The Canadians all but put the game away with two more unanswered goals in the second period and added one more early in the third before their rivals found the back of the net again.
Taking advantage of its opponent’s lack of discipline, the Red & White connected twice on 11 power-play opportunities, both times with two men up, and finished with a 54-21 advantage in shots on goal, including a 26-10 margin in the first, 18-5 in the second and 10-6 in the third.
Unfortunately, things got out of hands in the final stanza and when it was all said and done, eight players had received game misconducts, including three Canadians. Kazakhstan’s head coach and his assistant were also sent back to the locker room early.
The ice was barely dry when Yevgeniy Rymarev sent a pass from the right corner to Alexandr Shin, who opened the scoring with his first of two on the afternoon.
Mike Cazzola, an Acadia University forward from Guelph, Ont., put Canada on the board at 3:39, sliding the puck between Andrey Yankov’s pads at the end of a breakaway.
StFX’s Josh Day, a defenceman from St. John’s, sent a rebound past Yankov at 5:25 to give the Canucks their first lead of the game and UPEI rearguard Matthew Maione of Unionville, Ont., made it 3-1 at 7:16 when his long-range shot was deflected to the back of the net.
Culligan made it a three-goal affair 5:24 into the middle frame on a one-timer off a perfect feed from Carroll. Seven minutes later, during a 5-on-3, it was the captain’s turn to set up one of his UNB teammates as he assisted on Nick MacNeil’s tournament-leading seventh at 12:03.
Culligan scored Canada’s second 5-on-3 goal of the day 8:32 into the third, and Shin rounded out the scoring for Kazakhstan with a power play marker at 12:27.
Saint Mary’s netminder Anthony Peters of Blyth, Ont., turned aside 19 pucks for his fourth win in as many starts at the competition. Yankov was spectacular in a losing cause with 48 saves.
GAME NOTES: Rymarev (7-7-14), Shin (4-9-13) and MacNeil of Creignish, N.S. (7-3-10) finished 1-2-3 in tournament scoring... Moncton forward Éric Faille (5-5-10) also tallied 10 points during the six-game event... In three appearances at the tournament, AUS all-stars have now claimed to gold (2013, 2007) and one silver (2001)... The Canadian men’s triumph came 24 hours after Canada’s 5-0 win over Russia in the women’s hockey gold-medal final... The entire red and white women’s hockey team, led by head coach Howie Draper from the University of Alberta, was among the many Canadian in the crowd for the men’s final.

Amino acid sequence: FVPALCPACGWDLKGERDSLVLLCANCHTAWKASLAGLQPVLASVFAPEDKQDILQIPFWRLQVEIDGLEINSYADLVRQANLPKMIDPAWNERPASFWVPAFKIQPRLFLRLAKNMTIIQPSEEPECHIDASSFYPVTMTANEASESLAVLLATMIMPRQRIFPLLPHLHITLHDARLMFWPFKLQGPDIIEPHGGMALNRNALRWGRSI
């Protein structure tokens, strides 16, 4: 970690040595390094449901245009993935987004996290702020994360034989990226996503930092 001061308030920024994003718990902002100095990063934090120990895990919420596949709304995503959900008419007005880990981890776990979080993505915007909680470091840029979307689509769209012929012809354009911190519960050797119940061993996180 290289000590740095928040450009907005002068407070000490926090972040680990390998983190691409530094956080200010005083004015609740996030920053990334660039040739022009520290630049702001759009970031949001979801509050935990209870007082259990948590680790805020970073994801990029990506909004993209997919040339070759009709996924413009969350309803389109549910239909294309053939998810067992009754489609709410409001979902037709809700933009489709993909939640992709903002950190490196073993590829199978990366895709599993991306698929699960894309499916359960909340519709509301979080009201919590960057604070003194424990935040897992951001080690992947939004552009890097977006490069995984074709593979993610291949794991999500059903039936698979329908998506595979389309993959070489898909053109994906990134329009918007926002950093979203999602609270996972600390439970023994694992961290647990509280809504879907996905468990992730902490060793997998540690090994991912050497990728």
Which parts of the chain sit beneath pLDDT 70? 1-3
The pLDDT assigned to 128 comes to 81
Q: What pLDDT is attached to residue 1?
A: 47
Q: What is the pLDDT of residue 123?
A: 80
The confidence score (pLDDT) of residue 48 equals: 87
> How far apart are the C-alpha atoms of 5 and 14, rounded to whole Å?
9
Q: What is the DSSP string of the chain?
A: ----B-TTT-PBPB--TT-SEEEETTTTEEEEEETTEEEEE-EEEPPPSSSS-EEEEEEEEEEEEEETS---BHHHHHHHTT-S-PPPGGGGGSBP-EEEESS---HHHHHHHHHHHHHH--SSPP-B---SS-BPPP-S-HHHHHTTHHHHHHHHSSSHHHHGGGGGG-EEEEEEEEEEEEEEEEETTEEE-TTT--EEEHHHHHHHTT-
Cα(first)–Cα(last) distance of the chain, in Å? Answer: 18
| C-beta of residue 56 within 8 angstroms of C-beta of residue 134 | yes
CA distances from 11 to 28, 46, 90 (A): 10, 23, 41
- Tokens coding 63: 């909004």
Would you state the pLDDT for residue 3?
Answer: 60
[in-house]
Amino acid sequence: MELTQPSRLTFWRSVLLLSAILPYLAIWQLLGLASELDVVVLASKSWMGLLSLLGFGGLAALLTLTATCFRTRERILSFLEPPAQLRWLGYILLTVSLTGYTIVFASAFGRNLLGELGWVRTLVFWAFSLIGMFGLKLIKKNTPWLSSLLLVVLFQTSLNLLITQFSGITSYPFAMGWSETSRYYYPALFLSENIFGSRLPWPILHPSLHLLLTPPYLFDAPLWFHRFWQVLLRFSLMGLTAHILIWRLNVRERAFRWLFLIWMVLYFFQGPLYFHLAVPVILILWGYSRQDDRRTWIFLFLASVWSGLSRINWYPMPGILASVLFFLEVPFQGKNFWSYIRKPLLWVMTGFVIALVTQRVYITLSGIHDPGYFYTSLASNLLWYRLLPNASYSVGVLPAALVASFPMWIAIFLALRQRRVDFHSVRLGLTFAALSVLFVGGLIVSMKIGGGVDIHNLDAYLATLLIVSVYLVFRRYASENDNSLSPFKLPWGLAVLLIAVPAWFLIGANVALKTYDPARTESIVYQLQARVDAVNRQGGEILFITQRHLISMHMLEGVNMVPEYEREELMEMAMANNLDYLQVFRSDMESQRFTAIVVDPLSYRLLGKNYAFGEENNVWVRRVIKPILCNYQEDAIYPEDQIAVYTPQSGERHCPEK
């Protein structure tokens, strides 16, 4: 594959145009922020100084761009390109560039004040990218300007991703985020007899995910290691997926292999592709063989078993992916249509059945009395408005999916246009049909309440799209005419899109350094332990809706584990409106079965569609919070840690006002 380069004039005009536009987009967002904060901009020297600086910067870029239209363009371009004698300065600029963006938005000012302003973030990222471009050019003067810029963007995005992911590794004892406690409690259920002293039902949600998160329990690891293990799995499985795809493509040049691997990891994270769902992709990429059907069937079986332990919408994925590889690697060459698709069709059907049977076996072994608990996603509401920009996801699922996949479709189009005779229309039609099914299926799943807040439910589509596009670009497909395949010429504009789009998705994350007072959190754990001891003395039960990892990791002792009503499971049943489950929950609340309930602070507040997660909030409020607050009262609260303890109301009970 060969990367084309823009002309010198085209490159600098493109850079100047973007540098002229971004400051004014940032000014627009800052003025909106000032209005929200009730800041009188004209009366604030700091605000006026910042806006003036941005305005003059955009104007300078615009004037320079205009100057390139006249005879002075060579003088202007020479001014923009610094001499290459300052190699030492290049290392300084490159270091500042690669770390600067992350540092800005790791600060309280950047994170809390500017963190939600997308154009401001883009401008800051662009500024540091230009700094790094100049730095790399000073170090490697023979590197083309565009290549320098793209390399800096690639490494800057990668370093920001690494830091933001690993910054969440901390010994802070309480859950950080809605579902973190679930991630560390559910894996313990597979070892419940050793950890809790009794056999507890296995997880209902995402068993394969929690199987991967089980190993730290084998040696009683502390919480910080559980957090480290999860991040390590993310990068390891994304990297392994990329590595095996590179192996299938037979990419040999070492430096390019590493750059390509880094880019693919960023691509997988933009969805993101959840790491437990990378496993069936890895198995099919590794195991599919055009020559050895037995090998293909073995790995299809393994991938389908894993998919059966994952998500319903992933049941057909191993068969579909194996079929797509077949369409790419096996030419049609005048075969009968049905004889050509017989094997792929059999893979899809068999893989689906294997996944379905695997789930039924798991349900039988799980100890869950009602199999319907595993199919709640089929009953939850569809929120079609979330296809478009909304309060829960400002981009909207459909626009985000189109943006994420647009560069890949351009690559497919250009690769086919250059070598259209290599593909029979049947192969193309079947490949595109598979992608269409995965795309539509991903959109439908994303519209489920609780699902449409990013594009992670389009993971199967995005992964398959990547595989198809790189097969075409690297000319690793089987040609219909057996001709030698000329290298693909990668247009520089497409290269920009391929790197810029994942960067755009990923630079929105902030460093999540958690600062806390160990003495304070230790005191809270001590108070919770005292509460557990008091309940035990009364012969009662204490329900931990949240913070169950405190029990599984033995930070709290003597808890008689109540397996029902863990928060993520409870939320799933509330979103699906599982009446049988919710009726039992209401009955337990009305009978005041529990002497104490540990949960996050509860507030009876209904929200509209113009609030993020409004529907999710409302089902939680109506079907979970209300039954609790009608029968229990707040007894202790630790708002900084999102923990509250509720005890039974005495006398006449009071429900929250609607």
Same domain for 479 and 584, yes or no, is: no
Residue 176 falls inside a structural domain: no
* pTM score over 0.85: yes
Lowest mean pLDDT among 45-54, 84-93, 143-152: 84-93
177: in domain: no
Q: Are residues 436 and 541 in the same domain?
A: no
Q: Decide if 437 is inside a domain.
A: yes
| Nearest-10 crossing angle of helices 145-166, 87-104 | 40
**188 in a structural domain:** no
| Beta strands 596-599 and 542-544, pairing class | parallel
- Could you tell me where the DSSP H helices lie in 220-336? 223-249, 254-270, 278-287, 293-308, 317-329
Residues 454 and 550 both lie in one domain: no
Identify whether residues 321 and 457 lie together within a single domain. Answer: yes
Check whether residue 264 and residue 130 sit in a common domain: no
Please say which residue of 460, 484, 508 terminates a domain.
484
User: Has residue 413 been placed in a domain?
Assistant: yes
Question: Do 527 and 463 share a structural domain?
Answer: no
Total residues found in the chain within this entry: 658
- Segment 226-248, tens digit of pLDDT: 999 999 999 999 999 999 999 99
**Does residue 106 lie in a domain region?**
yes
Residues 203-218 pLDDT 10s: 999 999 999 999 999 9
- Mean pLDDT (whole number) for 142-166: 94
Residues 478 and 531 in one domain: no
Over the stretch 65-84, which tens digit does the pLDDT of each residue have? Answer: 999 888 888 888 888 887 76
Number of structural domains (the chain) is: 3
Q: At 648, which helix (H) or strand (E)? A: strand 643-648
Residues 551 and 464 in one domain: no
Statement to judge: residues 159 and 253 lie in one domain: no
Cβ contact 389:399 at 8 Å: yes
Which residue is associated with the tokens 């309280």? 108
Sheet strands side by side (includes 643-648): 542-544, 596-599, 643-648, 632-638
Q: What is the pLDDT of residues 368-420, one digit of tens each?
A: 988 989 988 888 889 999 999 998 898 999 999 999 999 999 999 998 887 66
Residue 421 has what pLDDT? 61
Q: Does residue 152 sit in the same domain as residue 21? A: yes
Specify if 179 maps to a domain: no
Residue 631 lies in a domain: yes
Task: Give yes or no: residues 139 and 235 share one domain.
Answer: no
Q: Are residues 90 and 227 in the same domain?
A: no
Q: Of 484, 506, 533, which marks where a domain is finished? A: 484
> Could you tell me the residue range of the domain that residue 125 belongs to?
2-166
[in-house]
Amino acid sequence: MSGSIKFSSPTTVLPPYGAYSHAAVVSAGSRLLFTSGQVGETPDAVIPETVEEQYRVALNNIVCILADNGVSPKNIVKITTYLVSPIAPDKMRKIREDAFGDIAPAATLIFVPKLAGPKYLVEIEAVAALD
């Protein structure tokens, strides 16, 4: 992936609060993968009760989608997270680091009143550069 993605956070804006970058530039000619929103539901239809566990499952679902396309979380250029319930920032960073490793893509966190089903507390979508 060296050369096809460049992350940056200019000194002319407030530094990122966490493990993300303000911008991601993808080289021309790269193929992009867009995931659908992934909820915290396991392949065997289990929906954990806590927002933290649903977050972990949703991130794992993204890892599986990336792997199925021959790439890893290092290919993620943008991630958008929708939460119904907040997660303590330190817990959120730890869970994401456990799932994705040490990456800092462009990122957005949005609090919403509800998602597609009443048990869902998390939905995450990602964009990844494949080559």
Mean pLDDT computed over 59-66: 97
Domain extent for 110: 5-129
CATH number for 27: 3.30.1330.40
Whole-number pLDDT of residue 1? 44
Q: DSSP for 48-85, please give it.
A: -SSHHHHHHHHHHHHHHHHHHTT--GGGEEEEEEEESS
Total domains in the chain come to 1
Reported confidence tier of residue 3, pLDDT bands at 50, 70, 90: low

Team Canada website: http://english.cis-sic.ca/universiade/winter/2013/index
Trentino 2013 website: http://www.universiadetrentino.org/en
TEAM CANADA RESULTS
Dec. 10: Canada 12, Japan 1
Dec. 13: Canada 11, Ukraine 0
Dec. 15: Kazakhstan 4, Canada 2
Dec. 18: Canada 6, Slovakia 0 (quarter-final)
Dec. 20: Canada 2, Russia 1 (semifinal)
Dec. 21: Canada 6, Kazakhstan 2 (final)
Canada 6, Kazakhstan 2
1. KAZ Alexandr Shin (3) (Yevgeniy Rymarev), 0:14
2. CAN Mike Cazzola (3) (Michael D’Orazio), 3:39
3. CAN Josh Day (2) (Lucas Bloodoff), 5:25
4. CAN Matthew Maione (1) (Cory Tanaka), 7:16
Viktor Ivashin (KAZ) hooking, 8:58;
Alexandr Lipin (KAZ) interference, 9:44;
Chris Desousa (CAN) interference, 12:32;
Matthew Maione (CAN) boarding, 14:17.
5. CAN Chris Culligan (2) (Tyler Carroll, Éric Faille),
6. CAN Nick MacNeil (7) (Chris Culligan, Christopher Owens), 12:03 PP2
Alexandr Kaznacheyev (KAZ) tripping, 2:16;
Alexandr Kaznacheyev (KAZ) checking to the head, 5-minute major, 7:28;